(Reuters) – U.S. refiners are shifting away from processing heavy crude, lessening the potential impact on their businesses and motorists of any supply disruptions from Venezuela as the Trump administration considers new sanctions on the country.

FILE PHOTO: Crude oil storage tanks are seen from above at the Cushing oil hub, in Cushing, Oklahoma, March 24, 2016. REUTERS/Nick Oxford/File Photo

Refiners Valero Energy Corp and Marathon Petroleum Corp on Thursday said they plan to run more light and sweet crudes this quarter, continuing a trend away from heavy, sour crudes supplied by Venezuela and other OPEC producers.

Deliveries of Venezuelan crude to Citgo Petroleum, the U.S. refining arm of state-run Petroleos de Venezuela [PDVSAC.UL], slipped to about 70,000 barrels per day (bpd) last month from an average of some 200,000 bpd earlier this year. Phillips 66, the fourth-largest importer of Venezuelan crude this year, received about half its expected supply in June.

U.S. imports of Venezuelan crude fell 32 percent in June to a 13-year low of 491,000 bpd, according to Reuters data. PDVSA’s exports have declined this year as production and shipping problems cut its ability to meet commitments. [Graphic on Venezuela’s oil statistics tmsnrt.rs/2eNIobE]

On Wednesday, the Trump administration imposed sanctions on 13 current or former Venezuela officials to pressure its president to scrap plans for a Constituent Assembly, which would have power to rewrite the constitution. Additional financial or import sanctions that would choke off the country’s access to U.S. dollars for its oil also are being weighed.

Valero, the largest importer of Venezuelan crude oil in June, plans to shift its U.S. refineries this quarter to run the maximum amount of light sweet crude possible, its officials said, as heavy oil becomes more expensive due to less availability of OPEC-supplied crudes. That has narrowed the discount versus lighter grades in recent months.

Gulf Coast refiners, which can process up to 9.6 million bpd, traditionally preferred heavy, sour crudes. But OPEC output cuts, less supplies coming from Latin American producers and growing supplies of shale oil have improved the economics of running lighter crudes.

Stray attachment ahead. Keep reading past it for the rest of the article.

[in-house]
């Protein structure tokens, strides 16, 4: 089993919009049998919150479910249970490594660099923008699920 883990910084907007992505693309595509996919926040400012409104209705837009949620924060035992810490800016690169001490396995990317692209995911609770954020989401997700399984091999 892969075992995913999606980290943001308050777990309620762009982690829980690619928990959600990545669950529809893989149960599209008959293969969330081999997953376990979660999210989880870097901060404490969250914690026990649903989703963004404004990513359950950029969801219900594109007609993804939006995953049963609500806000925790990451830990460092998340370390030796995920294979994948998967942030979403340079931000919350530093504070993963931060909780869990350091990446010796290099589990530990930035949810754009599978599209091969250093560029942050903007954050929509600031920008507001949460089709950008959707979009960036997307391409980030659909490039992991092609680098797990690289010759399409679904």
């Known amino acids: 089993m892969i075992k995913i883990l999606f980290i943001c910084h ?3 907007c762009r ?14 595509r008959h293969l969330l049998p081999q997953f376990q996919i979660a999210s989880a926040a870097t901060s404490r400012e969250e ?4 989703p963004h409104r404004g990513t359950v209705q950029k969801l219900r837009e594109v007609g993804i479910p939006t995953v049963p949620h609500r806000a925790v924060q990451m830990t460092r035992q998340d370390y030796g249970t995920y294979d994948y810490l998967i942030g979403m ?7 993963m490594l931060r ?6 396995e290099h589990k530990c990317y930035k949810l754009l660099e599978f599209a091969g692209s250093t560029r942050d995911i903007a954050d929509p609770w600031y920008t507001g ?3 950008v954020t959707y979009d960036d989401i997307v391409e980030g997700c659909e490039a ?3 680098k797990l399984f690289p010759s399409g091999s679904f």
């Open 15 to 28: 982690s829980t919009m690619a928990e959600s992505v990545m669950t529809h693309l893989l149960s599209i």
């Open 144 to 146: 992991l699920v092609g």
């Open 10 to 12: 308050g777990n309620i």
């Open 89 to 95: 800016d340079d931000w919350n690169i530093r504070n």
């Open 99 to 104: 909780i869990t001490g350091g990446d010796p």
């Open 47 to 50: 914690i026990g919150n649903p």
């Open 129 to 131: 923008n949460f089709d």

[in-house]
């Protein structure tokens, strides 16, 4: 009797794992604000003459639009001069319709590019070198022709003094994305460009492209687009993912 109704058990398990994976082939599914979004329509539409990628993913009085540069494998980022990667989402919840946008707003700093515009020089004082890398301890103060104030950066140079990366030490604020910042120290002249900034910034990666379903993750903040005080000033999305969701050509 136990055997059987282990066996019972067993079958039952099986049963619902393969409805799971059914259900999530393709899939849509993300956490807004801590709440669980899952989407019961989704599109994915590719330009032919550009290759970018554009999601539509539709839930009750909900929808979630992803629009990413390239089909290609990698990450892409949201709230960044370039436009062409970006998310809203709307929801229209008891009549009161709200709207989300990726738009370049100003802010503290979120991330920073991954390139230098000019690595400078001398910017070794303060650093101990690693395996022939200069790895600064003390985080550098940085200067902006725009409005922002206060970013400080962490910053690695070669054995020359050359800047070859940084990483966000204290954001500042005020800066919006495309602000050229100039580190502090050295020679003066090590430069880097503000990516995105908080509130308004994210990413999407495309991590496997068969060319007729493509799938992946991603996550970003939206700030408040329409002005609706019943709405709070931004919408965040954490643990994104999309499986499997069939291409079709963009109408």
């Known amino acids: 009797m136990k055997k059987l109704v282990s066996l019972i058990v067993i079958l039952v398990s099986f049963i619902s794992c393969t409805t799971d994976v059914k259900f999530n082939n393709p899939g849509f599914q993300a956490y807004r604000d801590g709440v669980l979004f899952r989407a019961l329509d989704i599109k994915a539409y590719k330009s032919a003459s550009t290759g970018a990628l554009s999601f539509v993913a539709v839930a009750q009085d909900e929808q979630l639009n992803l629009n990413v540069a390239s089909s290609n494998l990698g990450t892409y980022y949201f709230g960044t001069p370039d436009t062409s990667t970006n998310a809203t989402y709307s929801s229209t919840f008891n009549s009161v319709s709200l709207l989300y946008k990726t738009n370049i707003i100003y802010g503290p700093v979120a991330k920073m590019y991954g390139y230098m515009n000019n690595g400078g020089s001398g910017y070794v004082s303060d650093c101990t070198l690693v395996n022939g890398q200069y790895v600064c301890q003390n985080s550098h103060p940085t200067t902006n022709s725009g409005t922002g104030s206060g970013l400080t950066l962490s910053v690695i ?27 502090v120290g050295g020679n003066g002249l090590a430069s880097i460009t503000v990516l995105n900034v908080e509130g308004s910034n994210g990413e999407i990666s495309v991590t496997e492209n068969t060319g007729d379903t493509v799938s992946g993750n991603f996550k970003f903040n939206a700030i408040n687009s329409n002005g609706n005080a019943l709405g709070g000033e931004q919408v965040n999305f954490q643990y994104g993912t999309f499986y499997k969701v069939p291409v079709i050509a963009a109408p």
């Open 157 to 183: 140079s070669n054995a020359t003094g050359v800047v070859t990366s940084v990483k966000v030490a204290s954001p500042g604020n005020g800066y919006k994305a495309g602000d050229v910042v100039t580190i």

Heavy oil producers Mexico and Colombia also have reduced shipments this year amid declining output. Venezuela, Mexico and Colombia combined trimmed production by almost 10 percent to 5.38 million bpd in the first five months of 2017 versus the same period of last year, according to official figures.

“Increased U.S. drilling activity and crude production have supported attractive domestic sweet crude discounts,” said Valero Chief Executive Joe Gorder on an earnings call with investors.

Marathon, which gets most of its sour crude from Canada, said the grade would make up about 54 percent of its throughput this quarter, down from 59 percent a year ago. The company also cited a narrowing of price differentials between heavy and light crudes. It bought about 36,500 bpd of Venezuelan crude in April.

The U.S. Gulf Coast light crude benchmark is about $3 a barrel above the sour-crude benchmark, after narrowing this year. In January, light crude traded for as much as $4.37 a barrel above the sour benchmark.

The largest U.S. buyers of Venezuelan crude this year through June were Citgo, Valero, Chevron Corp, and Phillips 66. In all, U.S. imports of Venezuelan crude in the first six months this year totaled 655,000 bpd, or about 7.5 percent of all oil imports.

To view a graphic on ‘Venezuela’s oil statistics’ click here

Additional reporting by Jarrett Renshaw. Writing by Gary McWilliams; Editing by Cynthia Osterman


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